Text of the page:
The sport of bird watching has been around for years and, right behind gardening, is the second fastest growing hobby in America. It has been said that learning to the bird is like getting a lifetime ticket to the theater of nature. And indeed, with their beauty and elegance, birds are an awesome part of life. Birds flash past in every shade from emerald to Vermillion, beautiful as showy flower blossoms. How could we not watch birds?
As with any sport or hobby, however, bird watching does require patience and practice to learn and will, by all means, have its moments of frustrations. But if you give it a good try and learn the basics, in no time you will be addicted!
What follows are some tips to help you along the way.
Binoculars are a birder’s eyes on the world, and they can greatly affect the quality of a bird outing. Good binoculars make for good birding, while bad binoculars can lead to missed birds and severe headaches induced by blurred images, double vision, and eye strain. When choosing a binocular for birding, cheap is definitely not the way to go.
Make sure the power (or magnification) is at least 7-power. The power is the first number given in the numerical notation that describes binoculars. For example, a “7 X 35” pair of “glasses” will make objects appear as if they are seven times as close as they actually are. Seven-power binoculars are about the minimum needed to see birds well. Binoculars 10- power or stronger can be difficult for some birders to hold steady.
Make sure that the second number (“35” for a “7 X 35” pair of glasses) is at least five times as large as the power (e.g., “7 X 35,” “8 X 40,” etc.). This second number describes the diameter, in millimeters, of the large lens that faces the object of interest – the “objective” lens. The larger this lens is, the greater the amount of light the binoculars gather and thus the easier it will be to see characteristics in dim light or on a dull-colored bird.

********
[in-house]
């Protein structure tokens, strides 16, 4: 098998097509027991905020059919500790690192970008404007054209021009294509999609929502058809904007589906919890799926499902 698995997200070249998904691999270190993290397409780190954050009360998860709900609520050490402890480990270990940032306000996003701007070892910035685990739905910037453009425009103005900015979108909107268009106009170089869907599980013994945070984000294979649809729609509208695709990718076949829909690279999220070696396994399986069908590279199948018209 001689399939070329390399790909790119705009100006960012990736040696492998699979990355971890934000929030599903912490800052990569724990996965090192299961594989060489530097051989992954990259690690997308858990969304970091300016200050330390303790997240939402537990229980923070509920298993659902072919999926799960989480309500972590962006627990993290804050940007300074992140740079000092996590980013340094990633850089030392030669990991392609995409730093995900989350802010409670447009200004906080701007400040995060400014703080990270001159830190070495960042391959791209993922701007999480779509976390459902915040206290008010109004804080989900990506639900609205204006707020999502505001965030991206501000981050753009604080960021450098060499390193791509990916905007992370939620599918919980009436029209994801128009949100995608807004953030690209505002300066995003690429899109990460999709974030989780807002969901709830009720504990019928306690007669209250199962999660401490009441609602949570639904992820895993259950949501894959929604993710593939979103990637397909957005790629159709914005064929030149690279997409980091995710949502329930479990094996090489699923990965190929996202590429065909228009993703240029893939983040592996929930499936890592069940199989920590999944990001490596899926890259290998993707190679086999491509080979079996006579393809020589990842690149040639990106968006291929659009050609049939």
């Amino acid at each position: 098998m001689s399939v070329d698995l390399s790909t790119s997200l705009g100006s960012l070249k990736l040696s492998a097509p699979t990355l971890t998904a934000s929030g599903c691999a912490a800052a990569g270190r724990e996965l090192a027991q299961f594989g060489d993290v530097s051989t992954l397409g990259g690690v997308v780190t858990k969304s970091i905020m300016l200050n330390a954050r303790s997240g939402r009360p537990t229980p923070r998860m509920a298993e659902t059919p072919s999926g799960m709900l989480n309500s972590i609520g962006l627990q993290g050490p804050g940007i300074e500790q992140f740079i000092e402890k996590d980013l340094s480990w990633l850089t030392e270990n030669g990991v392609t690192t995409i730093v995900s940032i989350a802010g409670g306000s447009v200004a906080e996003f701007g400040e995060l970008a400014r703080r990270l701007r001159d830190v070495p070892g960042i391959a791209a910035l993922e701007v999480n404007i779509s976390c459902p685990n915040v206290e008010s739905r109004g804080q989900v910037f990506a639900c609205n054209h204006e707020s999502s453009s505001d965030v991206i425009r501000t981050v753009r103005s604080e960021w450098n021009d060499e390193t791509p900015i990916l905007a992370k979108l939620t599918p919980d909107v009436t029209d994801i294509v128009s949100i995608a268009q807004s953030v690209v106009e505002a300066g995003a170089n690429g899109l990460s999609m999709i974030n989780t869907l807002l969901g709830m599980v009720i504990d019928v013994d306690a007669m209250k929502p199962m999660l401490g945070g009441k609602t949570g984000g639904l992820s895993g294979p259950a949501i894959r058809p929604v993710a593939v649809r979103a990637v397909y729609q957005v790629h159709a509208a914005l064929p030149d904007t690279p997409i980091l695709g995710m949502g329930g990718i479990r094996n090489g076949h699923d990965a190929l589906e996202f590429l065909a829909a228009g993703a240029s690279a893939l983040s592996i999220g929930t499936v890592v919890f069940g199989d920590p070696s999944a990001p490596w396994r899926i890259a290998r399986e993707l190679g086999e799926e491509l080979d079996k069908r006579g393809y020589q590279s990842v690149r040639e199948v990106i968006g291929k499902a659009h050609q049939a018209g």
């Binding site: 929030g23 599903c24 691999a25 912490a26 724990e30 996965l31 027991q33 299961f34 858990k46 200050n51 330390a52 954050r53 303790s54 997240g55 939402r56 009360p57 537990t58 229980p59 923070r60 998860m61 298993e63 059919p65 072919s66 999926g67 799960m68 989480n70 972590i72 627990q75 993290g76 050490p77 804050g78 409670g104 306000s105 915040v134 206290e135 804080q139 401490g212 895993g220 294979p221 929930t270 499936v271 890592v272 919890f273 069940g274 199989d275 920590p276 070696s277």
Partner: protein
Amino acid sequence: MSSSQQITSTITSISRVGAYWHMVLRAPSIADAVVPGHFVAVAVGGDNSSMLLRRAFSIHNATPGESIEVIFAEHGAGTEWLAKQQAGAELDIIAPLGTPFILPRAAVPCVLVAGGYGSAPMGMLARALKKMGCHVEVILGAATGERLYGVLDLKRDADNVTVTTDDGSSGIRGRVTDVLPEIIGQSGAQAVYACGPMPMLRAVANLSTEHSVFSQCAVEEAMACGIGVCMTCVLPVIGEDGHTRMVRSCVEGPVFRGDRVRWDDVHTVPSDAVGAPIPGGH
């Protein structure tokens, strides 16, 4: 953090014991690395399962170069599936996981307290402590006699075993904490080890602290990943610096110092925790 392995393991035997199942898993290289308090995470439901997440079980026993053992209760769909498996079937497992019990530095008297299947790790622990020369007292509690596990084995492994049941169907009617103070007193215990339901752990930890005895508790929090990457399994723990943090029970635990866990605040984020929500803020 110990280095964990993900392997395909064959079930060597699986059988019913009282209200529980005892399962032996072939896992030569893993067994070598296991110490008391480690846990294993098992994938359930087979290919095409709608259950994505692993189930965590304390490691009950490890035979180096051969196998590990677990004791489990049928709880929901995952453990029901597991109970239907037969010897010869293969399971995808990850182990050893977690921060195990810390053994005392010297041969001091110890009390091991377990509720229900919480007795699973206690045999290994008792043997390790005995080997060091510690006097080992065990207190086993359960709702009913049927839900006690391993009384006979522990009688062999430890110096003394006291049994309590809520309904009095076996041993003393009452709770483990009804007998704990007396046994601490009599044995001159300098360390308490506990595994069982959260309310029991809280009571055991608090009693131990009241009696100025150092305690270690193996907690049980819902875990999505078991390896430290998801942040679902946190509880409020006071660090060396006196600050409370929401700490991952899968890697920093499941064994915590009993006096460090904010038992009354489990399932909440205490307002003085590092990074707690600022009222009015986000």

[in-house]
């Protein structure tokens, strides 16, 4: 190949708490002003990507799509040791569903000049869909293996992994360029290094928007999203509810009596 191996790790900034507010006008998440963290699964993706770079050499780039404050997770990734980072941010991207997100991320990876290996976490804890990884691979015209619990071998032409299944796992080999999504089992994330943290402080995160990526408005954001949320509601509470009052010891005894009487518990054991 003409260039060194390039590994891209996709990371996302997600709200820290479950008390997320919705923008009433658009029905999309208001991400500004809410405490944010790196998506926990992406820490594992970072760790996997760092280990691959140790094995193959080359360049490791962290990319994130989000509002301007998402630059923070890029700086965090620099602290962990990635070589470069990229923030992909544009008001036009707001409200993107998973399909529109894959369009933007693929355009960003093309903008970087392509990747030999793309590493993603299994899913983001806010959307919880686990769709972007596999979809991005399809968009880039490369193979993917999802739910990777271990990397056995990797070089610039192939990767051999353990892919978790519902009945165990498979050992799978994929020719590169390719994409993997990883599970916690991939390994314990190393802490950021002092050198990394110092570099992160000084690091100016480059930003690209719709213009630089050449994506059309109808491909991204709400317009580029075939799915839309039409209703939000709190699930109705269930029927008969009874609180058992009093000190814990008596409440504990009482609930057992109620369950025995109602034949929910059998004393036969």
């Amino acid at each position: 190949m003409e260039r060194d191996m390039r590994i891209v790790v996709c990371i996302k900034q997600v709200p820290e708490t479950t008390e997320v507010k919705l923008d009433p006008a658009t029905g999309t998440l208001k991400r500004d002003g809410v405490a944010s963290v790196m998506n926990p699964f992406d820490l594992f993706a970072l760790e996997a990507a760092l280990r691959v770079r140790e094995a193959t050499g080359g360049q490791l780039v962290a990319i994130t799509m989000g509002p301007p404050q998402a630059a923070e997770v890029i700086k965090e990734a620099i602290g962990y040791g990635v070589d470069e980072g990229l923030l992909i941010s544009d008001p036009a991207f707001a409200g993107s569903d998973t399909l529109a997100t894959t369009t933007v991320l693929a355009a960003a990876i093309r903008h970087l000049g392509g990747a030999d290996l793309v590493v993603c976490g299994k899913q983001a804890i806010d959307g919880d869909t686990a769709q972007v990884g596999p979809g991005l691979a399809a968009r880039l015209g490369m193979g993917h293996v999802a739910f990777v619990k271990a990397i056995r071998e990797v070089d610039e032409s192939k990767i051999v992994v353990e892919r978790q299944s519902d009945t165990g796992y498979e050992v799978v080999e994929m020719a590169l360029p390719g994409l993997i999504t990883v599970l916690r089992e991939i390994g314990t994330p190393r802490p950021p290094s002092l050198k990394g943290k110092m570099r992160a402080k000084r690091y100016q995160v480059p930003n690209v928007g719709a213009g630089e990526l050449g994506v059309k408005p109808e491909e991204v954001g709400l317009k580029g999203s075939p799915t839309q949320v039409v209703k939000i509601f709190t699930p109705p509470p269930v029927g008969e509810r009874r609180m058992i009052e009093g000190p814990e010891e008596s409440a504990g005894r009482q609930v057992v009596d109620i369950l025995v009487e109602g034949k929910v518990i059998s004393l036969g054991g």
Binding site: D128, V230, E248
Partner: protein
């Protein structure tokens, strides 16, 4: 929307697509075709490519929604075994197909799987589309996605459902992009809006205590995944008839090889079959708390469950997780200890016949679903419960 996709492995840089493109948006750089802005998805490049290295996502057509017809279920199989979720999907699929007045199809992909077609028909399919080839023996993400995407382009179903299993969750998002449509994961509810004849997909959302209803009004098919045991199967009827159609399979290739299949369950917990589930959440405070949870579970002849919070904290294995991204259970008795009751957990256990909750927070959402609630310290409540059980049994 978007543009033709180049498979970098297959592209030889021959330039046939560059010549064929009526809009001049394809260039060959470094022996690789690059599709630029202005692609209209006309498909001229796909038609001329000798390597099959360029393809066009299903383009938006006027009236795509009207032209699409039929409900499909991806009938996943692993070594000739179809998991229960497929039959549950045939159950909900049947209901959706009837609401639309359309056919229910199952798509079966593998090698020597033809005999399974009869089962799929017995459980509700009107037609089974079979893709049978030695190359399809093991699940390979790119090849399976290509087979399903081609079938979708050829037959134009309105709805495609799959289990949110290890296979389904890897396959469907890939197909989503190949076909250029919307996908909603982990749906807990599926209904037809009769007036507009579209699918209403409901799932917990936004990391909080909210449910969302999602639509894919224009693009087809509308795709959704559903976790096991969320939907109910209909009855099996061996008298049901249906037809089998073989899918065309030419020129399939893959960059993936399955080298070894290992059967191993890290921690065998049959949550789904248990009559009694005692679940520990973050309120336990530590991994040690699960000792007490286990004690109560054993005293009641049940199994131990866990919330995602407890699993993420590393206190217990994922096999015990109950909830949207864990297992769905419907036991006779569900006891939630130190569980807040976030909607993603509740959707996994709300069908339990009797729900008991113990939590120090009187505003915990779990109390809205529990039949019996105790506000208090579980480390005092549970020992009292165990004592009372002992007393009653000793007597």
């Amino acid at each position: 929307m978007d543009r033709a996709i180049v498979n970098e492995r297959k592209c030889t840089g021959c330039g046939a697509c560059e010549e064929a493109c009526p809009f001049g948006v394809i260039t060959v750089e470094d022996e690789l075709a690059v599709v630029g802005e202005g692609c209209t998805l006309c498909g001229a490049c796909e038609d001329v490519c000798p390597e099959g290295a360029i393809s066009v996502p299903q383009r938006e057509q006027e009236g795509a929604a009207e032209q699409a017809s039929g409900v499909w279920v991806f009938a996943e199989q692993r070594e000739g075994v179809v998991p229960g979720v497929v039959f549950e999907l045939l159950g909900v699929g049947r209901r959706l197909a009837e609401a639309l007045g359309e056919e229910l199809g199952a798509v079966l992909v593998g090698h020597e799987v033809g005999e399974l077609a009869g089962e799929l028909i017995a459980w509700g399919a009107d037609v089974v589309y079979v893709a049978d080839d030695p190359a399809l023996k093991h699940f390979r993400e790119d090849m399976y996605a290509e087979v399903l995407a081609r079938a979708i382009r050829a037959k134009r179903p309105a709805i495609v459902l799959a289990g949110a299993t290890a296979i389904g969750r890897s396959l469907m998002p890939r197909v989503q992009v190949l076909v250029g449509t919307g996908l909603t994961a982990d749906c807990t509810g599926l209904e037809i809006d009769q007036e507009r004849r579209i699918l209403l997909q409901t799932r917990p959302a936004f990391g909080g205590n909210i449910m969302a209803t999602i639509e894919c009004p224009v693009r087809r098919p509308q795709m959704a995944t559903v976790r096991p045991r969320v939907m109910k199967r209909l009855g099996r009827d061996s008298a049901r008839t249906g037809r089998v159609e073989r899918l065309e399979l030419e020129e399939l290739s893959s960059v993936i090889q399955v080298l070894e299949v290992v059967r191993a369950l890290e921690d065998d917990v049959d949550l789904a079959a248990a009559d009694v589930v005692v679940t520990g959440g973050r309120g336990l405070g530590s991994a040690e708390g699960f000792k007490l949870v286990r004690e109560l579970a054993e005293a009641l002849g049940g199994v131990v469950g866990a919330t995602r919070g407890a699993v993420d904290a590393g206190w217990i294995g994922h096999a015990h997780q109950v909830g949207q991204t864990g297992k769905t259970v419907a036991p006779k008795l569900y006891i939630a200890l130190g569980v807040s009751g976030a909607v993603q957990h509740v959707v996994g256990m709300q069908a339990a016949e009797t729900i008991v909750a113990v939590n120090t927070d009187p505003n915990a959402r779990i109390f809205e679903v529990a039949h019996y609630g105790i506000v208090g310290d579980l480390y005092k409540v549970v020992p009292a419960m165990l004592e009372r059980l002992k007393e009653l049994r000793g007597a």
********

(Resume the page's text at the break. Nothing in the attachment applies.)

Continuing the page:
Don’t buy compactor pocket-sized binoculars (typically 8 x 21, or 10 x 21) as your primary pair for birding. The size and weight are attractive, but no matter how good the optics, compacts provide a lower quality image than mid- or full-size binoculars. Another drawback is that most compacts have a narrow field of view, which makes it very difficult to locate and follow birds.
A field guide is a little book that’s packed with information about birds. It’s the next best thing to an expert birder by your side. It describes and shows pictures of the birds, and it tells you which details of each bird to look for. A field guide can tell you what kinds of birds might be in your particular area and give some excellent tips on what to look for in your bird watching. If you don’t have a field guide, you won’t have a clue about what kinds of birds you will be seeing, so this is essential to have.
Most guides are roughly organized in “phylogenetic order.” The phylogenetic order is the way scientists classify all living things (not just birds) based on their evolutionary history – which creatures, according to likenesses in their present-day appearance, most probably evolved from common ancestors.
The beautiful part about birding is that it can truly be done anywhere! You can go to your local park and find some great specimens. If you’re traveling, you’ll find a new appreciation of the songs of birds and what you can find. You can even watch birds in your own backyard!